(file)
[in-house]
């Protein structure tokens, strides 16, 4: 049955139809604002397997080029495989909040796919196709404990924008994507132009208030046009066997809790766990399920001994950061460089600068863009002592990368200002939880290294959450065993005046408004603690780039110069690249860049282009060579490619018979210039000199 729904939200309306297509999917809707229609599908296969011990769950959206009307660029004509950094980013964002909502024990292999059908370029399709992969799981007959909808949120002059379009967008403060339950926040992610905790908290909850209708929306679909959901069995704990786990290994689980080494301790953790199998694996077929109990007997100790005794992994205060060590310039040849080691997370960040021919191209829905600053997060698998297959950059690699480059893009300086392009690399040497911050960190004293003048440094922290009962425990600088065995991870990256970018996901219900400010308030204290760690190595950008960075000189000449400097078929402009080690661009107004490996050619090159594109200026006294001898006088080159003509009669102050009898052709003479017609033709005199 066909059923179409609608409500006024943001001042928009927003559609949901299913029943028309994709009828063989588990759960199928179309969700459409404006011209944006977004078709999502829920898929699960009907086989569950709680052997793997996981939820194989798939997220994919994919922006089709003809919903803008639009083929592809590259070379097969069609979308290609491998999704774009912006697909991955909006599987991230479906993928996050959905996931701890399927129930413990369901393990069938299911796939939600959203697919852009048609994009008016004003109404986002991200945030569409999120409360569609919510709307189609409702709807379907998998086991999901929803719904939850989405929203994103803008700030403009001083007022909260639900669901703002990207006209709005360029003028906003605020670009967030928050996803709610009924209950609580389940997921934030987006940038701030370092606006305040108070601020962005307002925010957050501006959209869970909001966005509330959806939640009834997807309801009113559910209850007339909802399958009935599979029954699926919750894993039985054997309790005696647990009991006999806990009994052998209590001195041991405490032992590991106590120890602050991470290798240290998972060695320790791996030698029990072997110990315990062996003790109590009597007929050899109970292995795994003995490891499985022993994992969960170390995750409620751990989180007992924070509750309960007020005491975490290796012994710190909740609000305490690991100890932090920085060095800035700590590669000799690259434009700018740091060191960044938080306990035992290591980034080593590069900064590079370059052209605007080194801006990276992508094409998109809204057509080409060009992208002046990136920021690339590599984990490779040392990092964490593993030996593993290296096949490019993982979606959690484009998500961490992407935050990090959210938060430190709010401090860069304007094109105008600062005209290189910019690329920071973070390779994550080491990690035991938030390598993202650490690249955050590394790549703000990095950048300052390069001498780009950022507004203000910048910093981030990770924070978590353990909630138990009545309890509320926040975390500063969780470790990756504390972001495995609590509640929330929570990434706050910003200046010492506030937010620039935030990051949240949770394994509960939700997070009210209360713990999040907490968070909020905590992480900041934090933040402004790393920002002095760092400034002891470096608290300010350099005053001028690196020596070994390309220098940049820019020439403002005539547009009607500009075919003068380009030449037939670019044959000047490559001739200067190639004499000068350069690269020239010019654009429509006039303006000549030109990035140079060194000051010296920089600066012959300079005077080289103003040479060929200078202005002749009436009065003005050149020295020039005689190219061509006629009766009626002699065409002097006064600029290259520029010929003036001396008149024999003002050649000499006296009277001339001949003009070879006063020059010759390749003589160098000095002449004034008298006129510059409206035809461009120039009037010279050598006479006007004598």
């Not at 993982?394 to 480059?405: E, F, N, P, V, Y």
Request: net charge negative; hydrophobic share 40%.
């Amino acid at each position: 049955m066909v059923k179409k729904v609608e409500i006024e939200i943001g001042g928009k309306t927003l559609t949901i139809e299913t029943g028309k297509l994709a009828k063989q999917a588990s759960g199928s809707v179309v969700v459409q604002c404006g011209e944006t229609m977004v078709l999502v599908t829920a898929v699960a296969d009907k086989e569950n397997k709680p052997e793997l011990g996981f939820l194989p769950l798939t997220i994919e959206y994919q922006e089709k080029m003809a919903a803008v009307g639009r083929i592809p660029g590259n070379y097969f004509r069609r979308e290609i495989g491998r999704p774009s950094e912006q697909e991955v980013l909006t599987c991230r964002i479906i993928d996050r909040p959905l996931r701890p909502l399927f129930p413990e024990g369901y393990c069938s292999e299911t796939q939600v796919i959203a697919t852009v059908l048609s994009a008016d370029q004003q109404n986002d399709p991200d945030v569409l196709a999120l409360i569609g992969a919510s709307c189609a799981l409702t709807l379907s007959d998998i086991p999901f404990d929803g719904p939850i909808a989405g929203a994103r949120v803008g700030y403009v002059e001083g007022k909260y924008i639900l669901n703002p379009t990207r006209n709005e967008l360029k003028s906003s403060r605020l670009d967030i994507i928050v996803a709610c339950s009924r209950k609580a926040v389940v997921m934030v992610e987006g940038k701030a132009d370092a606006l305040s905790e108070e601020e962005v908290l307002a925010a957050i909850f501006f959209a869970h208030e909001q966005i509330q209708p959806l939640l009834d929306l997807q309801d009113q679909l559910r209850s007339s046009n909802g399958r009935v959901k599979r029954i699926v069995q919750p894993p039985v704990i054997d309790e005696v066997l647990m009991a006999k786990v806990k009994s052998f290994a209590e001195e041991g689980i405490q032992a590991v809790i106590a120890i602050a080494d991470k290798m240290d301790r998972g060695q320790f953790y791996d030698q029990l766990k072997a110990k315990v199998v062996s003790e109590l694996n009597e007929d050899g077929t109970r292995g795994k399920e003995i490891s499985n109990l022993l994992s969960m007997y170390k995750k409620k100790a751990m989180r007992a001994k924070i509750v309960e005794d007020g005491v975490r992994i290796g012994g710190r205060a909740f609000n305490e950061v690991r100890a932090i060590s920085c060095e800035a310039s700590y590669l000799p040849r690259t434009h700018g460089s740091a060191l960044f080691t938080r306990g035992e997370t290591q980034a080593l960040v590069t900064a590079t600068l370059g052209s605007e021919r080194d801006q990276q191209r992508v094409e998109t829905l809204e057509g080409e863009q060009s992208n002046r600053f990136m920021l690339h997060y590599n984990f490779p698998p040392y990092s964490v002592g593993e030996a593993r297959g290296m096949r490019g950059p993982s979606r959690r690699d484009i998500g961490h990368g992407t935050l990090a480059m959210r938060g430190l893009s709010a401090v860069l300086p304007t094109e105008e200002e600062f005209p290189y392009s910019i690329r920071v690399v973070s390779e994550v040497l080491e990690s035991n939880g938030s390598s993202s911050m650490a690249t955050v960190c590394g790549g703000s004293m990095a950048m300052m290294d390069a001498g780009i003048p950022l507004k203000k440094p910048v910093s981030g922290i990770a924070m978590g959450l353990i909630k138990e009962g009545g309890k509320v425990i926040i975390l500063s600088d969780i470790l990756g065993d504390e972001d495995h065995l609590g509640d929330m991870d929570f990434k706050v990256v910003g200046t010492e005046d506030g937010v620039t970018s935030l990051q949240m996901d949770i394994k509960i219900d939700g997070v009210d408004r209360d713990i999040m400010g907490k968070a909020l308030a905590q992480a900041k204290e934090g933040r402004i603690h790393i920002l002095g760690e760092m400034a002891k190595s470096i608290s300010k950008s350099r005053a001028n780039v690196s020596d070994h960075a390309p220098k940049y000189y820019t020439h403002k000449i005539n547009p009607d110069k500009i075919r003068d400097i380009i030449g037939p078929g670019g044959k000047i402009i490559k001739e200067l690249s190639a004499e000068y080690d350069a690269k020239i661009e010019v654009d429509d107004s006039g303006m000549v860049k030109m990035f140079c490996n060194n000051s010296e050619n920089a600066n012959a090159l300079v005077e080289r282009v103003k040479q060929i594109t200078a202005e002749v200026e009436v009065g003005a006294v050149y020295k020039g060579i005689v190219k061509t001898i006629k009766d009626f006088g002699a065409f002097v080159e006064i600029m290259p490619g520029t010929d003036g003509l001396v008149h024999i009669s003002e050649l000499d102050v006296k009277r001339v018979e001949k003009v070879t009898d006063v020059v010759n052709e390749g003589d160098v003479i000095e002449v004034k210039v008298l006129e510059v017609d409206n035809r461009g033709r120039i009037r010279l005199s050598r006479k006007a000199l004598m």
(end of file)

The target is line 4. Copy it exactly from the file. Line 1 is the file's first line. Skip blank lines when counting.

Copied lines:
Request: net charge negative; hydrophobic share 40%.